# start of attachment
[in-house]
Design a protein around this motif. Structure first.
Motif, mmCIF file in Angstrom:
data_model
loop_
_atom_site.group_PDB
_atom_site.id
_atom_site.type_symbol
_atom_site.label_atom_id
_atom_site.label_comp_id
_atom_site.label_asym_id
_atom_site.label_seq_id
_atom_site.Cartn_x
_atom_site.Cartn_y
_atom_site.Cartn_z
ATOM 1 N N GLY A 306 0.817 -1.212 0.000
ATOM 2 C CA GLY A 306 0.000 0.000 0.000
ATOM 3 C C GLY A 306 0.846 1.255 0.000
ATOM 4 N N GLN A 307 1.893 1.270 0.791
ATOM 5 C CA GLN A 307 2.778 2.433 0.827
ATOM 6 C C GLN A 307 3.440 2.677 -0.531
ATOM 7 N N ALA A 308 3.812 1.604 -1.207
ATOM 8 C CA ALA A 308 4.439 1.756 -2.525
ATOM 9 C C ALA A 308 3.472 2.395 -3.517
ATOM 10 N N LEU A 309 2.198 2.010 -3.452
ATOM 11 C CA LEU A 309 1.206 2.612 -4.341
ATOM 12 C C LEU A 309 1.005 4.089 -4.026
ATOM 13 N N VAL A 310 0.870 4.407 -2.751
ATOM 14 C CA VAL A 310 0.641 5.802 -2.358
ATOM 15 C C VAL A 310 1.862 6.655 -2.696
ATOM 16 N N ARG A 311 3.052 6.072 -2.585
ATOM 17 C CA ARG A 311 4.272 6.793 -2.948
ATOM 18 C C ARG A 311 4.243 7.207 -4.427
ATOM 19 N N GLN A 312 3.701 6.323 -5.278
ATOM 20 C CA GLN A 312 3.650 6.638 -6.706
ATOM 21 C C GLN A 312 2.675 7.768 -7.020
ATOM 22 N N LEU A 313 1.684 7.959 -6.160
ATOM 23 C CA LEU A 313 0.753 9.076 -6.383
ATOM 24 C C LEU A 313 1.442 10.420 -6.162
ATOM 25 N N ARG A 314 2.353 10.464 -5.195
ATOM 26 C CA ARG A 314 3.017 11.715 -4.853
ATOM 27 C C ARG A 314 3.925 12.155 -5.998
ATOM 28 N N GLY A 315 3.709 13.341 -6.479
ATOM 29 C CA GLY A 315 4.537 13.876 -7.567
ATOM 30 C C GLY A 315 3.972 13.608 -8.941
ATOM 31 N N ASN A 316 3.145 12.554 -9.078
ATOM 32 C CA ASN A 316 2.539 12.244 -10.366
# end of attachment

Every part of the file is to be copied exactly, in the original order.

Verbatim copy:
[in-house]
Design a protein around this motif. Structure first.
Motif, mmCIF file in Angstrom:
data_model
loop_
_atom_site.group_PDB
_atom_site.id
_atom_site.type_symbol
_atom_site.label_atom_id
_atom_site.label_comp_id
_atom_site.label_asym_id
_atom_site.label_seq_id
_atom_site.Cartn_x
_atom_site.Cartn_y
_atom_site.Cartn_z
ATOM 1 N N GLY A 306 0.817 -1.212 0.000
ATOM 2 C CA GLY A 306 0.000 0.000 0.000
ATOM 3 C C GLY A 306 0.846 1.255 0.000
ATOM 4 N N GLN A 307 1.893 1.270 0.791
ATOM 5 C CA GLN A 307 2.778 2.433 0.827
ATOM 6 C C GLN A 307 3.440 2.677 -0.531
ATOM 7 N N ALA A 308 3.812 1.604 -1.207
ATOM 8 C CA ALA A 308 4.439 1.756 -2.525
ATOM 9 C C ALA A 308 3.472 2.395 -3.517
ATOM 10 N N LEU A 309 2.198 2.010 -3.452
ATOM 11 C CA LEU A 309 1.206 2.612 -4.341
ATOM 12 C C LEU A 309 1.005 4.089 -4.026
ATOM 13 N N VAL A 310 0.870 4.407 -2.751
ATOM 14 C CA VAL A 310 0.641 5.802 -2.358
ATOM 15 C C VAL A 310 1.862 6.655 -2.696
ATOM 16 N N ARG A 311 3.052 6.072 -2.585
ATOM 17 C CA ARG A 311 4.272 6.793 -2.948
ATOM 18 C C ARG A 311 4.243 7.207 -4.427
ATOM 19 N N GLN A 312 3.701 6.323 -5.278
ATOM 20 C CA GLN A 312 3.650 6.638 -6.706
ATOM 21 C C GLN A 312 2.675 7.768 -7.020
ATOM 22 N N LEU A 313 1.684 7.959 -6.160
ATOM 23 C CA LEU A 313 0.753 9.076 -6.383
ATOM 24 C C LEU A 313 1.442 10.420 -6.162
ATOM 25 N N ARG A 314 2.353 10.464 -5.195
ATOM 26 C CA ARG A 314 3.017 11.715 -4.853
ATOM 27 C C ARG A 314 3.925 12.155 -5.998
ATOM 28 N N GLY A 315 3.709 13.341 -6.479
ATOM 29 C CA GLY A 315 4.537 13.876 -7.567
ATOM 30 C C GLY A 315 3.972 13.608 -8.941
ATOM 31 N N ASN A 316 3.145 12.554 -9.078
ATOM 32 C CA ASN A 316 2.539 12.244 -10.366